to address this excess capacity. The school
system should not be forced to take on additional
facilities burdens at this time. Also, with
an ever growing list of restructuring schools
in the City, BCPSS should place a priority on
charter school applicants that propose the conversion
of existing, underperforming schools, in their
existing facilities – not the creation of wholly
a second tier priority, BCPSS should work with
charter school applicants proposing wholly new
schools to facilitate the co-location of those
programs in some of the excess space in existing
public school facilities. Resources should not
be diverted from serving students to subsidize
the creation and maintenance of additional facilities.
Lessons from Freakonomics
Levitt and Stephen Dubner’s wildly popular book,
includes a number of valuable lessons for those
of us interested in education reform. One such
lesson relates to school choice and underscores
an idea many of us already had – that there
is a vital need to revitalize and reform existing
schools that are under performing, particularly
those in high poverty areas.
it might help individual students, the creation
of new schools is not the answer to improving
the outcomes of existing schools, the students
that continue to attend them or the system as
a whole. Unfortunately, there are large numbers
of students and families who can not or will
not take advantage of school choice options.
points out that in Chicago’s experiment with
school choice, only half of the parents and
students took advantage of the opportunity to
participate in the school choice program. One
key lesson learned by that experiment was that,
while attendance at the students' school of
choice did not impact the students' educational
outcomes, students who chose to participate
in the application lottery were much more likely
to graduate from high school than those who
did not participate. In other words, it was
not the outcome of the lottery that mattered
(whether the student did or did not get to attend
their chosen school) but the student’s participation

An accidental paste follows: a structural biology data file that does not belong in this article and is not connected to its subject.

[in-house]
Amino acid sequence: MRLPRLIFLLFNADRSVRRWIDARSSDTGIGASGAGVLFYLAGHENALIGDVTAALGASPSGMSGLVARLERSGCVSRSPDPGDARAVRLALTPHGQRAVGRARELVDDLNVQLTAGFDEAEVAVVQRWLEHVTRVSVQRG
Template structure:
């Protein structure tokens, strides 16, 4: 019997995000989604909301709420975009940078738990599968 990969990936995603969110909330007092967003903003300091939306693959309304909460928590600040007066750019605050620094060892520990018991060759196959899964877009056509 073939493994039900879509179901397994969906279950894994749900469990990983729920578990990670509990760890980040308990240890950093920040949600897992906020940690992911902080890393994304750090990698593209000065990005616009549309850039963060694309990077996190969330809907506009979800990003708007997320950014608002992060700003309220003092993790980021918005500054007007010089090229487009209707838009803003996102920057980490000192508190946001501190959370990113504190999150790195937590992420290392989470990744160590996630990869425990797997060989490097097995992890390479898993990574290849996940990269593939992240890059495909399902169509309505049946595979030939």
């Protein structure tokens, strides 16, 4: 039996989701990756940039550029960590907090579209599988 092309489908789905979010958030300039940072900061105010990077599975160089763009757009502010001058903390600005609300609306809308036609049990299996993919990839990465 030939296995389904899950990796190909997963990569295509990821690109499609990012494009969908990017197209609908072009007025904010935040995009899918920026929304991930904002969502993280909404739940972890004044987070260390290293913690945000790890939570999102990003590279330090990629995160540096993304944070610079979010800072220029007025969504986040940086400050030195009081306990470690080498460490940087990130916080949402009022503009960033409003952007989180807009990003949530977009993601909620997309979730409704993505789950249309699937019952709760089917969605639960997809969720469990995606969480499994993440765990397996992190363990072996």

in the lottery itself that indicated their likelihood
of succeeding in school.
who are motivated enough to find out about and
participate in a school choice option are our
schools’ most successful students and they deserve
high quality educational options. However, those
students who, to date, have not been high performers
and, as such, are not likely to take advantage
of school choice options, are entitled to educational
opportunities that are equally sound. Whole
school reform and the conversion of existing,
low performing or restructuring schools ensures
the provision of a high quality education to
all of Maryland’s youth.
in Baltimore City
been following the local news lately you've
heard plenty about special education in the
Baltimore City School System. A recent ruling
by Judge Marvin Garbis allowed the State to
send nine administrators into the City school
system to ensure that special education students
are provided with appropriate services. Interestingly
enough Direct Instruction, which is used in
all BCP-operated schools, tends to decrease
the number of students who need special education
demonstrates the effectiveness of DI with special
needs populations. (Carnine, Silbert, Kame'enui,
& Tarver, 2004; Adams and Engelmann, 1996;
Forness, Kavale, Blum, and Lloyd, 1997) By grouping
students into skill levels instead of grade
levels, and by carefully monitoring student
progress, DI instruction can enable students
with learning disabilities to participate successfully
in general education classes.
G. L., & Engelmann, S. (1996). Research
on Direct Instruction: 25 years beyond DISTAR.
Seattle, WA: Educational Achievement Systems.
D., Silbert, J., Kame'enui, E., & Tarver,
S. (2004). Direct instruction reading (4th
ed.). Upper Saddle River, NJ: Pearson.
S. R., Kavale, K. A., Blum, I. M., & Lloyd,
J. W. (1997). Mega-analysis of meta-analysis:
What works in special education. Teaching
Exceptional Children, 19(6), 4-9.